Saturday March 20th - St Cuthbert

St Cuthbert of Lindisfarne, Wonderworker of England

Best-loved saint of the North
Today is the feast day of St Cuthbert - monk, bishop and hermit in the Celtic tradition, and focus of pilgrimage for 500 years. An influential churchman, Cuthbert embodied the values of humility, simplicity and tolerance, but was responsible for the spread of Christianity in the North of England in the Early Middle Ages.

He is said to be the first person to protect birds, allowing eider ducks (locally Cuddy ducks) to nest on the altar steps.

Born about 635, Cuthbert entered Melrose Abbey as a novice following a vision, later leading a new monastery at Ripon. As Prior of Lindisfarne he evangelised the area and helped the church adjust to a time of great change. Feeling called to a life of solitude he spent 10 years as a hermit on Inner Farne, then reluctantly agreed to return as Bishop of Lindisfarne. Two years later feeling death approaching Cuthbert retreated to his island dying shortly after in 687.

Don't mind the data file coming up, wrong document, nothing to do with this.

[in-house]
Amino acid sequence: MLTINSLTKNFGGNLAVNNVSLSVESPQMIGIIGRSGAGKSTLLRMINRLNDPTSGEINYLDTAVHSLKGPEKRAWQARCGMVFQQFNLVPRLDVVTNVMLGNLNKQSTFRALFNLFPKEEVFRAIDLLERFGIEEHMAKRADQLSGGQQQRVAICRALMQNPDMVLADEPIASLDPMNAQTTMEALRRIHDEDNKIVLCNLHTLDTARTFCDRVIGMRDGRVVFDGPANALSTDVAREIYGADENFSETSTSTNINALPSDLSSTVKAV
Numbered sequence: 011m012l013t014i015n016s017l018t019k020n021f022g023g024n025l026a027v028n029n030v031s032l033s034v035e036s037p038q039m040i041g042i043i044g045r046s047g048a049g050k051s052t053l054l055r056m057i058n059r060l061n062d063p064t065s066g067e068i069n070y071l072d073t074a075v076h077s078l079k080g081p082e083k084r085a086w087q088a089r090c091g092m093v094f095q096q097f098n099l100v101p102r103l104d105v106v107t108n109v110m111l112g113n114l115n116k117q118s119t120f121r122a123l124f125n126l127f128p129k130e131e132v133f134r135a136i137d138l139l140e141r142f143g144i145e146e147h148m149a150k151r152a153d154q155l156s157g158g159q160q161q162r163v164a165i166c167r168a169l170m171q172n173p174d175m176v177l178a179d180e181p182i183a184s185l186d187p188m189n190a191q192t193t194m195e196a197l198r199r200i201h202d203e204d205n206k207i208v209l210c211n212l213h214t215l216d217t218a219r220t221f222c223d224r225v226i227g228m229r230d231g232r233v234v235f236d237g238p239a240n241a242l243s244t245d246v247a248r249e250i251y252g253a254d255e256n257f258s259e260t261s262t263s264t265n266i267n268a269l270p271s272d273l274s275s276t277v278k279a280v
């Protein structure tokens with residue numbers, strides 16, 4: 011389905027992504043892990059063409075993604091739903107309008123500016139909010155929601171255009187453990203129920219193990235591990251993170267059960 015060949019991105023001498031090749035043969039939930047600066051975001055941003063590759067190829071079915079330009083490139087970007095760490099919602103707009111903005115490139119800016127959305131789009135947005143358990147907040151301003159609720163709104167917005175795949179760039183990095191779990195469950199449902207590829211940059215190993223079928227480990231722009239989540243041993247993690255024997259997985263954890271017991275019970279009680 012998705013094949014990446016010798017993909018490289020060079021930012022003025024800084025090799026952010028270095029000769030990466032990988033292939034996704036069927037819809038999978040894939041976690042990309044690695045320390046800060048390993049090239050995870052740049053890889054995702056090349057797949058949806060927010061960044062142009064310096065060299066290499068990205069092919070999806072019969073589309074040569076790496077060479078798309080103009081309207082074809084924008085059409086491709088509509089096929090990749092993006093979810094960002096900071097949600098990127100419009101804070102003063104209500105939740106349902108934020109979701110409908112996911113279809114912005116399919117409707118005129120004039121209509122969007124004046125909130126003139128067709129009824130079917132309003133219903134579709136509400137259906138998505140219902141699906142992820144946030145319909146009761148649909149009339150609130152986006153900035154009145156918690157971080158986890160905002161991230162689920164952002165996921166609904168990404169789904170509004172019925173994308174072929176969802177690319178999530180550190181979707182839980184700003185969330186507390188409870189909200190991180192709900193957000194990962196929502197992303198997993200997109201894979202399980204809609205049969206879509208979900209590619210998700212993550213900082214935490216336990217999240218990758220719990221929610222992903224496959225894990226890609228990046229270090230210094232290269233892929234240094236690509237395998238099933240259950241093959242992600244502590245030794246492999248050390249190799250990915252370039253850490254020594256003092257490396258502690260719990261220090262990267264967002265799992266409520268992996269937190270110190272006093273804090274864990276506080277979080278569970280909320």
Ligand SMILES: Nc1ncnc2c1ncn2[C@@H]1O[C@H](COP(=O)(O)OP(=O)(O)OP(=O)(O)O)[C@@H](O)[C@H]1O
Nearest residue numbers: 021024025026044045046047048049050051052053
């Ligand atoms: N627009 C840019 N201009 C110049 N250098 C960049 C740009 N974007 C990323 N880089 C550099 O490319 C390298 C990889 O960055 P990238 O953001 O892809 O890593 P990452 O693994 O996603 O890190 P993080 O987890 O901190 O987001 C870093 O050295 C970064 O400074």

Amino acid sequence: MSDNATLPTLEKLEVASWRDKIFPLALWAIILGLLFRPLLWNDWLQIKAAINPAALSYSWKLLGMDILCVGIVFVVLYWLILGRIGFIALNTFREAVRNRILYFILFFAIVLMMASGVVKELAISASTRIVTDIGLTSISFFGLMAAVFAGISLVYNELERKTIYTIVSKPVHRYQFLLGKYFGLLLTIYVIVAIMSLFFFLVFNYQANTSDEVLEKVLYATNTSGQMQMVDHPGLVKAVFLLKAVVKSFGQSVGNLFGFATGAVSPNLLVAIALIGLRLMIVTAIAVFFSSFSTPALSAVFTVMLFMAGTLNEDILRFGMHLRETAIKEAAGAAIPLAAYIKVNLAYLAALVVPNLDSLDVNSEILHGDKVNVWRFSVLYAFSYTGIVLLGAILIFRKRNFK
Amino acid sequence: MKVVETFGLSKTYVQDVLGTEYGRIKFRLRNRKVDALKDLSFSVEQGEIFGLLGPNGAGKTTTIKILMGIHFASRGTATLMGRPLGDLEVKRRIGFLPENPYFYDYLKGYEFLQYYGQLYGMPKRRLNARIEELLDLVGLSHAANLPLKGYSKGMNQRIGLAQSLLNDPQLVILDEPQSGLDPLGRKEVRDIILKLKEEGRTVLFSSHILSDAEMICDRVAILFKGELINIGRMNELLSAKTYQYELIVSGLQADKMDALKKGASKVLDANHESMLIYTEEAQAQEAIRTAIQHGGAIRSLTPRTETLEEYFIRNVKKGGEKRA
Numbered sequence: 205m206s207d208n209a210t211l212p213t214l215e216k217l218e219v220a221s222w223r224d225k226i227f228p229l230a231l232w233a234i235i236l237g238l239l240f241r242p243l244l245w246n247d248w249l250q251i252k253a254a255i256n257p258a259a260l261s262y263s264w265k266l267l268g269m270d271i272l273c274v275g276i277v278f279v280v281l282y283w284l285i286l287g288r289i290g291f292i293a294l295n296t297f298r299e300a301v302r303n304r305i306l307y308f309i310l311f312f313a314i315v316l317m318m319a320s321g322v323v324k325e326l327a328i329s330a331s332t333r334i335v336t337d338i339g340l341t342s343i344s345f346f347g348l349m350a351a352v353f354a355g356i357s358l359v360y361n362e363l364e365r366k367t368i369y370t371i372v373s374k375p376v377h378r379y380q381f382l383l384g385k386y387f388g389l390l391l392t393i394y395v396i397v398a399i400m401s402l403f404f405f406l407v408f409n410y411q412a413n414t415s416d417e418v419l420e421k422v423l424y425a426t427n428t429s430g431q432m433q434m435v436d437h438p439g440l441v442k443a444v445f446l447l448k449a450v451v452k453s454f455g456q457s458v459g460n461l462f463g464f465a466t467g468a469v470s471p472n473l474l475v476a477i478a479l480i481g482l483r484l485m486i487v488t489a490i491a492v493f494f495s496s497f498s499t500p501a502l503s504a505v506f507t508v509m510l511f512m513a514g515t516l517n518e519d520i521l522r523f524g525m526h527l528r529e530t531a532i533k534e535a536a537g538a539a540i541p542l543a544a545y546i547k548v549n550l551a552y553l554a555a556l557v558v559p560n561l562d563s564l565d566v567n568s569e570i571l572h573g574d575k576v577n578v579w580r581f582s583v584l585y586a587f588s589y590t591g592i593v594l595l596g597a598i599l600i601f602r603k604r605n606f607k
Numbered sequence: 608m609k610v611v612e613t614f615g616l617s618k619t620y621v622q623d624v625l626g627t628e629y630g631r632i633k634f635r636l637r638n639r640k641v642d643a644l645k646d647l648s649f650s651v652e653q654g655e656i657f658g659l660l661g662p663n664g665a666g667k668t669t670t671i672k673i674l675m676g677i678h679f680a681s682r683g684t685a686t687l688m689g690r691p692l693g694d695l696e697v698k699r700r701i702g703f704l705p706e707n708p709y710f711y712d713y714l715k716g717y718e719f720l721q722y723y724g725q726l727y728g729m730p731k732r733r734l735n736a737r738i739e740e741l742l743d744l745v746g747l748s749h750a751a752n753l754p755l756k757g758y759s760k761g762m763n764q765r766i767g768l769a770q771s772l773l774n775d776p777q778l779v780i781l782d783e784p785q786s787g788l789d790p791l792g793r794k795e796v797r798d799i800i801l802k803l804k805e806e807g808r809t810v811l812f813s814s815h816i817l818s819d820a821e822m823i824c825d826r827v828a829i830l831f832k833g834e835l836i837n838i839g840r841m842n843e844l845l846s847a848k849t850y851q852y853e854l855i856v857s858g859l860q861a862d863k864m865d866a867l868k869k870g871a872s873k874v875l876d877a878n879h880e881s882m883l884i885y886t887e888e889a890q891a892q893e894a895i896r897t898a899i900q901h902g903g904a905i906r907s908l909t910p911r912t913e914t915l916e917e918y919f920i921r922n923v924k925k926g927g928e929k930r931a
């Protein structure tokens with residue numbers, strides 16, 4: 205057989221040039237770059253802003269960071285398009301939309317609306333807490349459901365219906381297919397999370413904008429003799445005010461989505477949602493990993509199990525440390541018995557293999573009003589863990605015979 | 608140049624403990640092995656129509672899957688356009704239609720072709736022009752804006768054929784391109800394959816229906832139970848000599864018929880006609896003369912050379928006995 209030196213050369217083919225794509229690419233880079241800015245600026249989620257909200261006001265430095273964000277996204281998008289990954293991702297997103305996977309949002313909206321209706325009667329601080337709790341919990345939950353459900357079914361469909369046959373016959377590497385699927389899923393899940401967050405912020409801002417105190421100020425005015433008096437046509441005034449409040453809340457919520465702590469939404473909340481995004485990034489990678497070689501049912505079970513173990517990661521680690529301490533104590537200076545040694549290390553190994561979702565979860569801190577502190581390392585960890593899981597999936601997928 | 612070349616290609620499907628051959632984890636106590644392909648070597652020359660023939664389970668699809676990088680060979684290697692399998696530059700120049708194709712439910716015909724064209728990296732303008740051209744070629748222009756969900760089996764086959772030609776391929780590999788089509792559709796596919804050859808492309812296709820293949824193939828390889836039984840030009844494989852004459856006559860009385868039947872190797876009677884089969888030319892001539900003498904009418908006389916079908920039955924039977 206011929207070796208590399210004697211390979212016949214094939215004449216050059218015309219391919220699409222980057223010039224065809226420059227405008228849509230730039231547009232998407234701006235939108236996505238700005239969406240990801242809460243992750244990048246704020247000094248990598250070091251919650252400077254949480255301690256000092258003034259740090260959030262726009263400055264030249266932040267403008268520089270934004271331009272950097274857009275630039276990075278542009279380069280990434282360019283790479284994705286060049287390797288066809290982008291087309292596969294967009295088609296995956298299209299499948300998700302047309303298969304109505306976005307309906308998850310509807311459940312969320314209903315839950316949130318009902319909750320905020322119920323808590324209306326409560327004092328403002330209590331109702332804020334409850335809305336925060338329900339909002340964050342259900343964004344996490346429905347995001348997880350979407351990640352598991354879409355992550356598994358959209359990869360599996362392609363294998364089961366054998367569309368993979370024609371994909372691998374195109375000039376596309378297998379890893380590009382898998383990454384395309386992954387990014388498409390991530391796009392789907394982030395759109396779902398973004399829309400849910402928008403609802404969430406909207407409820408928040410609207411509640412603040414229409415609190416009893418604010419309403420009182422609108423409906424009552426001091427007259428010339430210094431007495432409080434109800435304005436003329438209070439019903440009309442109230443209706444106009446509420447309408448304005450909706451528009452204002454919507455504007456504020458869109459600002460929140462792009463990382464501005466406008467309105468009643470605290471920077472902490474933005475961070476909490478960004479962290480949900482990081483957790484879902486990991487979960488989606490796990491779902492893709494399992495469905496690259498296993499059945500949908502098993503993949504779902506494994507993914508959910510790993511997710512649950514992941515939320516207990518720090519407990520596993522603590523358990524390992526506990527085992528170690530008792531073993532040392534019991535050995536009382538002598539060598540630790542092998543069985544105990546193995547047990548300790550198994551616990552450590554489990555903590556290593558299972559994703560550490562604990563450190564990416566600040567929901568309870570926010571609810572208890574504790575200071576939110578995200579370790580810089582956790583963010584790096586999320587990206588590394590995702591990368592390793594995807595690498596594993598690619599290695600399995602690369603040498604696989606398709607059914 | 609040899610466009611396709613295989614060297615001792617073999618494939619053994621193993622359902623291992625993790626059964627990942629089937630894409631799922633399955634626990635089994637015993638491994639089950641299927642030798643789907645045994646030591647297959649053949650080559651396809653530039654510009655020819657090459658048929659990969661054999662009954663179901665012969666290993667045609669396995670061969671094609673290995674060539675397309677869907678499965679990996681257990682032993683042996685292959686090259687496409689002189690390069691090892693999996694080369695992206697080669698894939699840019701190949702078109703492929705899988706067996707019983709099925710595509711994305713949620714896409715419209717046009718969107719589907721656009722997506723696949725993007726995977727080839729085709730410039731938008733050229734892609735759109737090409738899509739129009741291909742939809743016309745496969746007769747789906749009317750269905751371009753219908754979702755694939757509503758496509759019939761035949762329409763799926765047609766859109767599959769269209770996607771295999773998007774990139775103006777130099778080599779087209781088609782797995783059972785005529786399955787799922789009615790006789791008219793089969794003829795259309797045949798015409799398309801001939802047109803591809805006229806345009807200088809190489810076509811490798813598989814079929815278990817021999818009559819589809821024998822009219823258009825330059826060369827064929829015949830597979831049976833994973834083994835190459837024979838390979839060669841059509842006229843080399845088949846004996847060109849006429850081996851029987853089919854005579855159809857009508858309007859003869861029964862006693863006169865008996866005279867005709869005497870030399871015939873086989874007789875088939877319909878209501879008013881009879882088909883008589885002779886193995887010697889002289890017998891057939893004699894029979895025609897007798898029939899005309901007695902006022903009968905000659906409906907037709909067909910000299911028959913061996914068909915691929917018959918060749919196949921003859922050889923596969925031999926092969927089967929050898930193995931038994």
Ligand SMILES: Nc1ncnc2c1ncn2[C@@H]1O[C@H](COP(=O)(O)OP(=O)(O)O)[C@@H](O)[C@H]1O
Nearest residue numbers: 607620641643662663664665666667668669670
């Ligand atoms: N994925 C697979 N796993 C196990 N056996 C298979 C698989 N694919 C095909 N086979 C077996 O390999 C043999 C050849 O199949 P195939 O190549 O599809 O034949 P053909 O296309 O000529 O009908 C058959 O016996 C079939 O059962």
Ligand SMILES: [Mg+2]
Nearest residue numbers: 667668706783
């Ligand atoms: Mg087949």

St Cuthbert shrineCuthbert’s body on the move
His community fled Lindisfarne following the Viking invasion in 793 travelling around the North for years with his body and relics. They finally settled in Durham in 995, moving the body into a be-jewelled shrine in the new cathedral in 1104. It became a centre of pilgrimage which continues today but Cuthbert ’s ancient oak coffin now rests under a simple marble slab marked ‘Cuthbertus’ - much more appropriate for the way he lived his life.

Cuthbert’s advice to us all
His dying words are a testament of peace: “Always preserve divine charity among yourselves, and when you come together to discuss your common affairs, let your principal goal be to reach a unanimous decision."